While it is an eminently practical teaching, the Gita occasionally needs to elucidate principles in order to help our mind’s organize information in a suitable and useful way. Sri Aurobindo points out that while the Gita tries to avoid needless philosophical statements, it does provide the necessary information as a basis for the practical application that it requests of the seeker. The Gita also always has an eye on the prevalent philosophical positions that were current in its day, and it has taken pains to address each of these and put them into the context of its wide and embracing understanding of the truth of existence. At this point the Gita needs to integrate the ultimate reality, known in the Upanishads as the Brahman, with the creation of the universe and its manifested forms. It does this by successively revealing five principles.
Sri Aurobindo itemizes these five principles (with their Sanskrit terms) as follows: “First there is that Brahman, tad brahma; adhyatma, second, the principle of the self in Nature; adhibhuta and adhidaiva next, the objective phenomenon and subjective phenomenon of being; adhiyajna last, the secret of the cosmic principles of works and sacrifice.”
These terms are further clarified as follows: “By that Brahman, a phrase which in the Upanishads is more than once used for the self-existent as opposed to the phenomenal being, the Gita intends, it appears, the immutable self-existence which is the highest self-expression of the Divine and on whose unalterable eternity all the rest, all that moves and evolves, is founded….By adhyatma it means svabhava, the spiritual way and law of being of the soul in the supreme Nature. Karma, it says, is the name given to the creative impulse and energy…which looses out things from this first essential self-becoming, this Swabhava, and effects, creates, works out under its influence the cosmic becoming of existences in Prakriti. By adhibhuta is to be understand all the result of mutable becoming…. By adhidaiva is intended the Purusha, the soul in Nature, the subjective being who observes and enjoys as the object of his consciousness all that is this mutable becoming of his essential existence worked out here by Karma in Nature. By adhiyajna, the Lord of works and sacrifice, I mean, says Krishna, myself, the Divine, the Godhead, the Purushottama here secret in the body of all these embodied existences. All that is, therefore, falls within this formula.”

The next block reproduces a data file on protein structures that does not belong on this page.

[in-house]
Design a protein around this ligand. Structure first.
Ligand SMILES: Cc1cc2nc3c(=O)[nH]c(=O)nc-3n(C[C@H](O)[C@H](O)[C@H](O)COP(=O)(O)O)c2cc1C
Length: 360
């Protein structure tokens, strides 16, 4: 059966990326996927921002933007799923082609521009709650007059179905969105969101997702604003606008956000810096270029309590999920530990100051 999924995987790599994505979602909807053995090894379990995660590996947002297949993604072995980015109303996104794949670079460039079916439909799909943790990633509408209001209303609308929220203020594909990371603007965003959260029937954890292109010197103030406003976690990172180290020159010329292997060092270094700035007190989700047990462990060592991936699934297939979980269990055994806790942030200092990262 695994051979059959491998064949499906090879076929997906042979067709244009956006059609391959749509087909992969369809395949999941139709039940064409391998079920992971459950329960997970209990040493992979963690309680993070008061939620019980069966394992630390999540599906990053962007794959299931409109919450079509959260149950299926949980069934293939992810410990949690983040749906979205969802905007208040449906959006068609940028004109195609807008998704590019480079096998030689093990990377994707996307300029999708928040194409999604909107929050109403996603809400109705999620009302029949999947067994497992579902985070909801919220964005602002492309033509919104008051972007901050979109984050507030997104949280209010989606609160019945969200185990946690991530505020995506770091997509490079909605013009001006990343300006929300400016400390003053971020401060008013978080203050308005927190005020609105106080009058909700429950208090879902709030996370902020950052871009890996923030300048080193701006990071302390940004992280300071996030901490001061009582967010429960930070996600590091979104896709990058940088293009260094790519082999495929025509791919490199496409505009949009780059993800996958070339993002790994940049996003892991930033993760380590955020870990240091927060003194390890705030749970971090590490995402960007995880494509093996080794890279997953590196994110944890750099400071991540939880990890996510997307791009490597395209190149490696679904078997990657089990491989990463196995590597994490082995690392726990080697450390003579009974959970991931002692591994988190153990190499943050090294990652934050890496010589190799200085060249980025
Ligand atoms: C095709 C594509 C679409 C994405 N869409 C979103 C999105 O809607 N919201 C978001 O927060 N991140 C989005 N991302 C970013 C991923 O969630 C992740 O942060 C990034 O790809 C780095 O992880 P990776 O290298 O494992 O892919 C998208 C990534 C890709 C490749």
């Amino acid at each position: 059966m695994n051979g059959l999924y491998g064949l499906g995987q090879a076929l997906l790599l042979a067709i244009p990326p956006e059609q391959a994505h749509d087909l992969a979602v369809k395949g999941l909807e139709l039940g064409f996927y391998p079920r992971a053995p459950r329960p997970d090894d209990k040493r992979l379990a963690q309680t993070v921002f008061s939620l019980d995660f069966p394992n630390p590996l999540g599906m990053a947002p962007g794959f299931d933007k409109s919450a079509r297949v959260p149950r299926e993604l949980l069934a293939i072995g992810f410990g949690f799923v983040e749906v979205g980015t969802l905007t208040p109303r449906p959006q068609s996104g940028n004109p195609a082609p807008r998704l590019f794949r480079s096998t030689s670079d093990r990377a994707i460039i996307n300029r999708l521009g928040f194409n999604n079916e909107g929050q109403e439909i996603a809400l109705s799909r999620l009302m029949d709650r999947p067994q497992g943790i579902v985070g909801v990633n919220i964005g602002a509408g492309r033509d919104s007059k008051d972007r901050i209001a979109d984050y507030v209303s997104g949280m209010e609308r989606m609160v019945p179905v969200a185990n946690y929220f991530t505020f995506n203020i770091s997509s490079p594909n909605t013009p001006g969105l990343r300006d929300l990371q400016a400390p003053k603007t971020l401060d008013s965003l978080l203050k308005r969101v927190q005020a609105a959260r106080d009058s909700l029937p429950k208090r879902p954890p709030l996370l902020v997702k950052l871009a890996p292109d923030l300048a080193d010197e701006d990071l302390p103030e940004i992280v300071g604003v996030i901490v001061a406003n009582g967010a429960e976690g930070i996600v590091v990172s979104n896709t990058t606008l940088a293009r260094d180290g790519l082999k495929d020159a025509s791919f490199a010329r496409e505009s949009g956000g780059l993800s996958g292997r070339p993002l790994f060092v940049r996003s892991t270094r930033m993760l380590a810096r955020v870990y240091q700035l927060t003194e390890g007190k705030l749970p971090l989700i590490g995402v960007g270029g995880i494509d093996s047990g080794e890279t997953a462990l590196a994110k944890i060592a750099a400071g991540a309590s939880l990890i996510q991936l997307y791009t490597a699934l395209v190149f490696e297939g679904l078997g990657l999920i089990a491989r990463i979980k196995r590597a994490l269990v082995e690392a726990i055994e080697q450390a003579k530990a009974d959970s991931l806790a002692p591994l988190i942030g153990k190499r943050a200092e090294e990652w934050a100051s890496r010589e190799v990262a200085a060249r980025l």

Sri Aurobindo, Essays on the Gita, Second Series, Part I, Chapter 3, The Supreme Divine, pp. 277-278